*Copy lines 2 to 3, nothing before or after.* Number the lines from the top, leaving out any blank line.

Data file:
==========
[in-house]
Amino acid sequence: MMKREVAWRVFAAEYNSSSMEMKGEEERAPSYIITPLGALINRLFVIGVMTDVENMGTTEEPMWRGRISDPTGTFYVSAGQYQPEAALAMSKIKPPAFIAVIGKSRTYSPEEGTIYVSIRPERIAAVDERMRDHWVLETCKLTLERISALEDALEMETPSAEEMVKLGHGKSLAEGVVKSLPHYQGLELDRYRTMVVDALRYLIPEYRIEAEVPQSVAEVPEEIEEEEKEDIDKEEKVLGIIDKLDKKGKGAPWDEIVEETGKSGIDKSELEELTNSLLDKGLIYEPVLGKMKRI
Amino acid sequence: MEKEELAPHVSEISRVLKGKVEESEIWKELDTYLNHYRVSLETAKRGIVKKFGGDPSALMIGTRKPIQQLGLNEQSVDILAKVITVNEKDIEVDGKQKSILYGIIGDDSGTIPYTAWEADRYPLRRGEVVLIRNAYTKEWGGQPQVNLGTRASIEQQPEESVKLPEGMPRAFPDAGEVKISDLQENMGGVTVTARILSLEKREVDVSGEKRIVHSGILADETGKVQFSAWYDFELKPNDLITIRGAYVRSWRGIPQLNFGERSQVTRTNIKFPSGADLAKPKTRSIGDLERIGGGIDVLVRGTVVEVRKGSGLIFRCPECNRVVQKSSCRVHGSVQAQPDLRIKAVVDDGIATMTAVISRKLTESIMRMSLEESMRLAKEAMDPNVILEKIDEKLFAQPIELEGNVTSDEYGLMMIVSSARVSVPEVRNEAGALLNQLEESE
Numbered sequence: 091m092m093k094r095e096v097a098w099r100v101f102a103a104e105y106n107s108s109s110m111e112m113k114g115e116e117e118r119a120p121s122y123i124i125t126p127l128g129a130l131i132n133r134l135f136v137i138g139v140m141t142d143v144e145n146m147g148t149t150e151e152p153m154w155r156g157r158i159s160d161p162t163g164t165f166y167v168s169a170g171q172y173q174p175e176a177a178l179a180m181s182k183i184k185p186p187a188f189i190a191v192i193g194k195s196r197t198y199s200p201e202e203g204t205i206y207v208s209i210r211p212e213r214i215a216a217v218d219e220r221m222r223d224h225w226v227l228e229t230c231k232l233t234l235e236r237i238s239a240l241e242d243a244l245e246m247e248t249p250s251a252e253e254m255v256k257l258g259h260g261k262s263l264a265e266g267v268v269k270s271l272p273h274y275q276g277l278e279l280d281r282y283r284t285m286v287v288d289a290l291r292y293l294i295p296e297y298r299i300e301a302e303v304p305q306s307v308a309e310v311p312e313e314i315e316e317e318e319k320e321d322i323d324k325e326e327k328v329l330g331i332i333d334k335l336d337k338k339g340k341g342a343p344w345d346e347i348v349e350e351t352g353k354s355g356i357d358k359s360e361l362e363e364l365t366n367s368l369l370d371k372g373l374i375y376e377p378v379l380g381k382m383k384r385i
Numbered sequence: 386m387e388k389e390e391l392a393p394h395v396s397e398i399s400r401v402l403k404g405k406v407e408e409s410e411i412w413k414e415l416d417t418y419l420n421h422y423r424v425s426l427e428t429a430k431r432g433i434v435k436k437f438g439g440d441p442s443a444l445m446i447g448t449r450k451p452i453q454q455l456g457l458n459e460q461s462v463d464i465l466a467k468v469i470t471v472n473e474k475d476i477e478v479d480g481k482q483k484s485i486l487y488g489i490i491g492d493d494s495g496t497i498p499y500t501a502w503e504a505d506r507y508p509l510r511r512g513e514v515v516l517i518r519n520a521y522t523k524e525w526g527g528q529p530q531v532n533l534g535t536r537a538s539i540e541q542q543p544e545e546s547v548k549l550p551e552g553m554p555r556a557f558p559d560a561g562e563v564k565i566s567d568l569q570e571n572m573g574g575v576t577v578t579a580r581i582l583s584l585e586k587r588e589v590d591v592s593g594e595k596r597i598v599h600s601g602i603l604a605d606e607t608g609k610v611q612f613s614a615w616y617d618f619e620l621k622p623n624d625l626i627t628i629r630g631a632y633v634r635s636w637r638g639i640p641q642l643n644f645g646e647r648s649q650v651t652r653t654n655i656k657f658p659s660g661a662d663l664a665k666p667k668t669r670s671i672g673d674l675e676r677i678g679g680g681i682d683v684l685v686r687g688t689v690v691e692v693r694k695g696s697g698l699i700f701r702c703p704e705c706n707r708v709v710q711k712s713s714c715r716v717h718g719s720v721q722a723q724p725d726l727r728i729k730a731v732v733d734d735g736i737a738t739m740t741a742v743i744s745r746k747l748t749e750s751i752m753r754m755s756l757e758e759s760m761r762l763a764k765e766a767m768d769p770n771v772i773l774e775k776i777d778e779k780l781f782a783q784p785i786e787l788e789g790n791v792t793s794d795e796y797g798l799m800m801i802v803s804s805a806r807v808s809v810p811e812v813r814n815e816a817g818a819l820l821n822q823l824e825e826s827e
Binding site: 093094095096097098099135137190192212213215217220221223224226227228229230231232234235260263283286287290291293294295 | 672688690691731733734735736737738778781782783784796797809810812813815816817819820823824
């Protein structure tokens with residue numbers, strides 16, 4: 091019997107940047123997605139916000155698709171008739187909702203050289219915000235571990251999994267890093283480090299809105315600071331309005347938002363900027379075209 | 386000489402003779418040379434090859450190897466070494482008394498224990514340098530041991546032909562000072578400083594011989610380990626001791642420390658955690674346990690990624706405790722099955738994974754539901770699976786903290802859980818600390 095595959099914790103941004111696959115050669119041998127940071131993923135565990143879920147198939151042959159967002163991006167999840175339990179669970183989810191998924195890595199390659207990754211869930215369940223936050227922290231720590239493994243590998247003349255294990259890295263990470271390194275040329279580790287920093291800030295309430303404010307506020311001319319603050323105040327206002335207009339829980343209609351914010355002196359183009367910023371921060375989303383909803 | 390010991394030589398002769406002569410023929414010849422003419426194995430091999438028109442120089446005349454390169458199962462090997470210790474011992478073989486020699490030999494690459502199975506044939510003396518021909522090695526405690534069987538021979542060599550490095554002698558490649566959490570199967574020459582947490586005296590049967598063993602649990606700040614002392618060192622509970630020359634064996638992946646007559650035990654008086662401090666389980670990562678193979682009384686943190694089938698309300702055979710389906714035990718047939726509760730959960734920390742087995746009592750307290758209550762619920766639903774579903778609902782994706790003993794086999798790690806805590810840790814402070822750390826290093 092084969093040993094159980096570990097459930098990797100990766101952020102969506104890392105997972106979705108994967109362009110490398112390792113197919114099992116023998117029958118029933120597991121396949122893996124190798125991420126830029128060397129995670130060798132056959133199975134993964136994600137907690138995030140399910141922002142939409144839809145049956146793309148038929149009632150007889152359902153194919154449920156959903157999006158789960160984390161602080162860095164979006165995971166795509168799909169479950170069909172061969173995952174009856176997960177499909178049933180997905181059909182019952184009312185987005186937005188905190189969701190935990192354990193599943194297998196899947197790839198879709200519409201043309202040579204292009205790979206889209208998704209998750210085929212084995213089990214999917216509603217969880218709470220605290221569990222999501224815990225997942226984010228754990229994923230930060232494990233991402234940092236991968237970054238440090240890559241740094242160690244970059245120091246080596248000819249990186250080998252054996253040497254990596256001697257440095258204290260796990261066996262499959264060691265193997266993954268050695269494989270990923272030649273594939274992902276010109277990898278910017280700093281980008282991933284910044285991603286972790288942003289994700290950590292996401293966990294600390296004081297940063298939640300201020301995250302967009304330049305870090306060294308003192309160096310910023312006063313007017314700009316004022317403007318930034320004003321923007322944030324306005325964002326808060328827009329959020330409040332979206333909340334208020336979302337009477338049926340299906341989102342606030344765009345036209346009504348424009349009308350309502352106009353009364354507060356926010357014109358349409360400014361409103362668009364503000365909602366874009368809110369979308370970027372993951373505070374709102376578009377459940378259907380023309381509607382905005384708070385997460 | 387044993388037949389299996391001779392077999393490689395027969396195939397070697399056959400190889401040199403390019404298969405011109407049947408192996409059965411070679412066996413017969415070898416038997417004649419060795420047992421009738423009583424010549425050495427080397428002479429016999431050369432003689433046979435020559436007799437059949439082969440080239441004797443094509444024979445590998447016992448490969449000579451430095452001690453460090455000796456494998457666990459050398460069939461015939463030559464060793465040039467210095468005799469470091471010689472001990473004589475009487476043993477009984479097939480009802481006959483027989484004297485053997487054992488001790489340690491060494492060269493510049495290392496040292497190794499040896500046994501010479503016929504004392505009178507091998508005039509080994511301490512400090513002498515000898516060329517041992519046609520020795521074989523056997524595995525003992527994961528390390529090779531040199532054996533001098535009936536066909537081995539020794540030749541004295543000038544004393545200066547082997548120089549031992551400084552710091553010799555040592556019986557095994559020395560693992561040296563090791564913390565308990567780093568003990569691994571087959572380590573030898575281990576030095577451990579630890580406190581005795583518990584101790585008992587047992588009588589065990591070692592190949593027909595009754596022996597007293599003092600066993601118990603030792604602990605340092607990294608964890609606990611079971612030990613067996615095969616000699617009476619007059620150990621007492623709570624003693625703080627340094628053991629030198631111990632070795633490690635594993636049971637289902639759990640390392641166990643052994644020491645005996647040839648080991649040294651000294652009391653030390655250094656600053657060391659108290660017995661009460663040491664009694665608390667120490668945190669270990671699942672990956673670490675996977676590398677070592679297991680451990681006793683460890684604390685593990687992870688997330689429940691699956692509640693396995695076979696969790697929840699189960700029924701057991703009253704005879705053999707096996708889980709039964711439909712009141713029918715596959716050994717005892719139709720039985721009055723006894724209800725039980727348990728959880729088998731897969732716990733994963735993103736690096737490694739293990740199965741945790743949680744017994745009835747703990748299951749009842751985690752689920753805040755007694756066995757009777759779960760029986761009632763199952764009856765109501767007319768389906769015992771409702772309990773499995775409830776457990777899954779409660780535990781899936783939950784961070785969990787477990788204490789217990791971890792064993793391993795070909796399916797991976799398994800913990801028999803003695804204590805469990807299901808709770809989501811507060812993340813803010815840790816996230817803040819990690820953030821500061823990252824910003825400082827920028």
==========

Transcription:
Amino acid sequence: MMKREVAWRVFAAEYNSSSMEMKGEEERAPSYIITPLGALINRLFVIGVMTDVENMGTTEEPMWRGRISDPTGTFYVSAGQYQPEAALAMSKIKPPAFIAVIGKSRTYSPEEGTIYVSIRPERIAAVDERMRDHWVLETCKLTLERISALEDALEMETPSAEEMVKLGHGKSLAEGVVKSLPHYQGLELDRYRTMVVDALRYLIPEYRIEAEVPQSVAEVPEEIEEEEKEDIDKEEKVLGIIDKLDKKGKGAPWDEIVEETGKSGIDKSELEELTNSLLDKGLIYEPVLGKMKRI
Amino acid sequence: MEKEELAPHVSEISRVLKGKVEESEIWKELDTYLNHYRVSLETAKRGIVKKFGGDPSALMIGTRKPIQQLGLNEQSVDILAKVITVNEKDIEVDGKQKSILYGIIGDDSGTIPYTAWEADRYPLRRGEVVLIRNAYTKEWGGQPQVNLGTRASIEQQPEESVKLPEGMPRAFPDAGEVKISDLQENMGGVTVTARILSLEKREVDVSGEKRIVHSGILADETGKVQFSAWYDFELKPNDLITIRGAYVRSWRGIPQLNFGERSQVTRTNIKFPSGADLAKPKTRSIGDLERIGGGIDVLVRGTVVEVRKGSGLIFRCPECNRVVQKSSCRVHGSVQAQPDLRIKAVVDDGIATMTAVISRKLTESIMRMSLEESMRLAKEAMDPNVILEKIDEKLFAQPIELEGNVTSDEYGLMMIVSSARVSVPEVRNEAGALLNQLEESE